Friday, May 29th

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Ready Set Sail in the Caribbean Part 5

Pic_3._View_from_Fort_Napoleon~ Visiting saints and a butterfly ~


By Laura Bijnsdorp


From Dominica, we sailed towards Guadeloupe. But before we would explore the large island in our Caribbean chain, we would make a stop at Îles des Saintes (“Islands of the Saints”) also known as Les Saintes.


Les Saintes is a volcanic archipelago fully encircled by shallow reefs, so we had to make sure to navigate properly to reach the main harbour of Terre-de-Haut. Les Saintes is made up of eight little islands, of which only two are inhabited. Our captain Max, who had been here before, said the islands reminded him of St. Barths.


Terre-de-Haut – though very small (I was told that the island has only about 2,000 inhabitants) – was a lovely town to walk through. There were a few boutiques, fancy restaurants and to our joy a French supermarket.


Let me explain why the Corina IV crew was always excited to see a good supermarket, and especially a French one: When our trip started in June 2013, we soon noticed that many places we went to (most of the Pacific, South East Asia, the Indian Ocean and parts of South America) all lacked one thing – big supermarkets. Certain products were very hard to find, especially cheese and fresh bread. What are two things the French know to do well? Exactly: Cheese and fresh bread! Our favourite? Brie on baguette!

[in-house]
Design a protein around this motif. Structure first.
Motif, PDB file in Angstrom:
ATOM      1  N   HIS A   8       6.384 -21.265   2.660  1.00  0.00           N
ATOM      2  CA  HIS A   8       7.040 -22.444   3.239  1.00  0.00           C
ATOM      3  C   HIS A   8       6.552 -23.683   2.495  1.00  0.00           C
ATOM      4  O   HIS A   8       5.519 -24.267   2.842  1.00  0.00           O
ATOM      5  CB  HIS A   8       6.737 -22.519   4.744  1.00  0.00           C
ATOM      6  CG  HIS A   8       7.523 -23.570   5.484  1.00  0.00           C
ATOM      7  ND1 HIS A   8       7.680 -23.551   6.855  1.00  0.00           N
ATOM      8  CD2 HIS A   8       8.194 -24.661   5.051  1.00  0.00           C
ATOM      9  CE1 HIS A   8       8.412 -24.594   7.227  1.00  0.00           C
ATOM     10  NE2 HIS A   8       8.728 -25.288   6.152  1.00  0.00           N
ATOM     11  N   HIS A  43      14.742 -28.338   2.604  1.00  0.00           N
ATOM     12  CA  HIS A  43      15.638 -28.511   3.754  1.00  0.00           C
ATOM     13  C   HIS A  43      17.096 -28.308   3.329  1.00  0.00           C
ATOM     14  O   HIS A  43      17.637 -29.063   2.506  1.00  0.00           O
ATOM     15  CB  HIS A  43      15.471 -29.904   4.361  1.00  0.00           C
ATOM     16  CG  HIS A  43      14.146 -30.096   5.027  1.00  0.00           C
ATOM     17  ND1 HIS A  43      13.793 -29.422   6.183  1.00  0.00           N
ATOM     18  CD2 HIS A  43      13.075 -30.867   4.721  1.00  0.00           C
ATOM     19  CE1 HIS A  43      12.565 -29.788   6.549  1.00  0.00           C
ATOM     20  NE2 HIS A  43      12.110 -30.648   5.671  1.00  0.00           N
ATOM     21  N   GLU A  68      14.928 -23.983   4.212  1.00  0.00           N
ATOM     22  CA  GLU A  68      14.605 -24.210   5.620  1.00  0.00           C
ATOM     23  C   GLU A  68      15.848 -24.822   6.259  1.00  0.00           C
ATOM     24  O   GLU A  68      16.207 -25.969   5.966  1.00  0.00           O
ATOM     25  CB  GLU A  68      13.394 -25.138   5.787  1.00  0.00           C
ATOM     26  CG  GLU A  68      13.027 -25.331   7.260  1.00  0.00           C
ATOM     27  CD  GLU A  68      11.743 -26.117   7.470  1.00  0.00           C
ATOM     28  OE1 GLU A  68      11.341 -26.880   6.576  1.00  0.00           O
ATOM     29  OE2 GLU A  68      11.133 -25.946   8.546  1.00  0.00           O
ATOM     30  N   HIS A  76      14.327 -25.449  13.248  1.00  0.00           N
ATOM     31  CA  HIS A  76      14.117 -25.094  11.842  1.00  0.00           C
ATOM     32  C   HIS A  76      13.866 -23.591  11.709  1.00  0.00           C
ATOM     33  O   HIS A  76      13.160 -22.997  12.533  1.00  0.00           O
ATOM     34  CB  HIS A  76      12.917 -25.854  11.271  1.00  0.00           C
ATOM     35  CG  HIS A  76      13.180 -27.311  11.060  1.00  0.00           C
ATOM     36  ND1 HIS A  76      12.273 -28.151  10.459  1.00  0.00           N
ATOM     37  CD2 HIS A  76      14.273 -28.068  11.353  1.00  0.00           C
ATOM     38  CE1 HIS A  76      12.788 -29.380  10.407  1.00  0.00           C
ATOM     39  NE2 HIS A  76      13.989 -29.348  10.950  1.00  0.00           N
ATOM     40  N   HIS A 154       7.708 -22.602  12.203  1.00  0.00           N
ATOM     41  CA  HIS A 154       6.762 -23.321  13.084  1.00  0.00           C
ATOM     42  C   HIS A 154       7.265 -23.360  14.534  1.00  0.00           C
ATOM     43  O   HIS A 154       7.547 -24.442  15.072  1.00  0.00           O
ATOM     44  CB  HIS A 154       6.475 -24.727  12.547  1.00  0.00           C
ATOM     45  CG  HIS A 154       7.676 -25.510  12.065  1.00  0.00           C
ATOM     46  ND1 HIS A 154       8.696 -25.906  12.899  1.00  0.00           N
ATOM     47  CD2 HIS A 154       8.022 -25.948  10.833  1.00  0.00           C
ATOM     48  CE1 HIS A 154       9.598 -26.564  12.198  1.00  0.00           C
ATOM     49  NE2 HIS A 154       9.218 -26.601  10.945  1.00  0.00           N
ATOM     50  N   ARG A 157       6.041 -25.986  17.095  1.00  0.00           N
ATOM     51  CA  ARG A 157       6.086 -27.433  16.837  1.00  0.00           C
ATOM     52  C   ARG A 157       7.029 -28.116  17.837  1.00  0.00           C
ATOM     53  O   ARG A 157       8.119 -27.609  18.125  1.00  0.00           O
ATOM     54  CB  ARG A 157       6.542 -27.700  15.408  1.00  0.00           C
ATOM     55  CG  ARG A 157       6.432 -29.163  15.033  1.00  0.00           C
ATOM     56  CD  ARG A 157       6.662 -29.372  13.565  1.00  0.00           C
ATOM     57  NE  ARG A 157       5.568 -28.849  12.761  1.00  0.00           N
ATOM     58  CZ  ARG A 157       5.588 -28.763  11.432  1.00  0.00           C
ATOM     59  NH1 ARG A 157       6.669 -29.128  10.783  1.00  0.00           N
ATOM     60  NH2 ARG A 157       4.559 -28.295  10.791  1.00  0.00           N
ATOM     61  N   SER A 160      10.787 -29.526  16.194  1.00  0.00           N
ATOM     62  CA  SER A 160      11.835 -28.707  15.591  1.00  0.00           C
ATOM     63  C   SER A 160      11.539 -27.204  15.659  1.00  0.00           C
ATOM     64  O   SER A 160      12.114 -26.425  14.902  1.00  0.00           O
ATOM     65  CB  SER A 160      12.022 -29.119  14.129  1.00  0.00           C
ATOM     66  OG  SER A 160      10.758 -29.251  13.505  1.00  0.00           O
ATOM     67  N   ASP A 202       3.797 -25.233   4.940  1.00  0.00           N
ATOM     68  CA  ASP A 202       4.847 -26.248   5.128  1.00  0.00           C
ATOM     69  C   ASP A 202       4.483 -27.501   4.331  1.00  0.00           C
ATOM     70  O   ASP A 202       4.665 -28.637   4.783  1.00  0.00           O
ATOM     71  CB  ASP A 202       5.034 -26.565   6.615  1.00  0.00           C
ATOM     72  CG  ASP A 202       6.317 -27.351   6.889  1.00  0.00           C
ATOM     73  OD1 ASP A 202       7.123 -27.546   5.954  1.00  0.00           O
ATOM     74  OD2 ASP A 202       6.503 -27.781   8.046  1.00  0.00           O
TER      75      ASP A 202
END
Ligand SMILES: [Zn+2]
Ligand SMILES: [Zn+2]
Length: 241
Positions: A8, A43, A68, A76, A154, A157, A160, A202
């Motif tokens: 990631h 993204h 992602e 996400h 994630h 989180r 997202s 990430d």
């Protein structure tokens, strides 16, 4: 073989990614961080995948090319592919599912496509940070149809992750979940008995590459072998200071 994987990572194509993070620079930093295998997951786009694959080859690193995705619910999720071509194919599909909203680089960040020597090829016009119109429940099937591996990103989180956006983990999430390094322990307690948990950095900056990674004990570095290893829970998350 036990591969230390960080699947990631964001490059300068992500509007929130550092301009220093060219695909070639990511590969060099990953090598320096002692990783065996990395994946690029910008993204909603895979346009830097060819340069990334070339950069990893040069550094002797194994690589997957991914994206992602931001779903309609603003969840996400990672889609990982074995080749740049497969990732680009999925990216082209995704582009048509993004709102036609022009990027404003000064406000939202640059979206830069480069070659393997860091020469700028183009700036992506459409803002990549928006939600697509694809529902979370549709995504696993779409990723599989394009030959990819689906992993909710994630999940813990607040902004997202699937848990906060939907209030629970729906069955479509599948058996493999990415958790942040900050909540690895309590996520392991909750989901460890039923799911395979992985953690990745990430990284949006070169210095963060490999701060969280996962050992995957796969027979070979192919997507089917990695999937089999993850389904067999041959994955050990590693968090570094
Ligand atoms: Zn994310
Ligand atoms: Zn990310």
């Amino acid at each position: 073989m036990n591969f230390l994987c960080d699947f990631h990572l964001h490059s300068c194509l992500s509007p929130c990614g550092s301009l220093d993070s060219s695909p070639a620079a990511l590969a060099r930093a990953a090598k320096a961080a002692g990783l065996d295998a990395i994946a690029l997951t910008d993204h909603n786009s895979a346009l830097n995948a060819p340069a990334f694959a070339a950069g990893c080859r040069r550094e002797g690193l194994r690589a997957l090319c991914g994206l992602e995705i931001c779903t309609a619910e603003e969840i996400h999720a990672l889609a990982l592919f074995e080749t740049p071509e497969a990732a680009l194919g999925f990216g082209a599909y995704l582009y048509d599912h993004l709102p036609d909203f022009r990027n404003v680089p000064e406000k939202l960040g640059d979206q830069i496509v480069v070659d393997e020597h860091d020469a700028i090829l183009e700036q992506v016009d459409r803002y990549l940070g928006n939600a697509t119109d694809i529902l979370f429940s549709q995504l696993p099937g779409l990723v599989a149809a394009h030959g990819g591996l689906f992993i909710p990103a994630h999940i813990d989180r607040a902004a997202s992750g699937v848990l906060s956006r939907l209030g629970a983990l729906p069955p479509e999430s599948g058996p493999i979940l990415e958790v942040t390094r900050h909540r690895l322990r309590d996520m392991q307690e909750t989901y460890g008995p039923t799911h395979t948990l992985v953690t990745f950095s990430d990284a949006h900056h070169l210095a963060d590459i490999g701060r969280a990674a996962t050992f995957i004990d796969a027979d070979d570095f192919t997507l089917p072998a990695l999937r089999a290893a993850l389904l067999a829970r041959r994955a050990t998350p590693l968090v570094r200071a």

So after our short walk, we each went supermarket-crazy and bought an array of ingredients to make epic baguette sandwiches. I had decided mine would be a pesto smoked salmon and brie cheese creation. After our luxurious lunch, Dani and I decided to go and see more of the island and try to get a higher view from one of the mountains.


We started following the road from the town and decided to just keep going up. The sun was blazing as it usually is in the Caribbean; but we were determined to see how high we could go to get the perfect view. After about a 30-minute walk, we saw a group of people at what looked like an official lookout point. Walking towards them, we were surprised with a sign pointing to another road up stating: Fort Napoleon.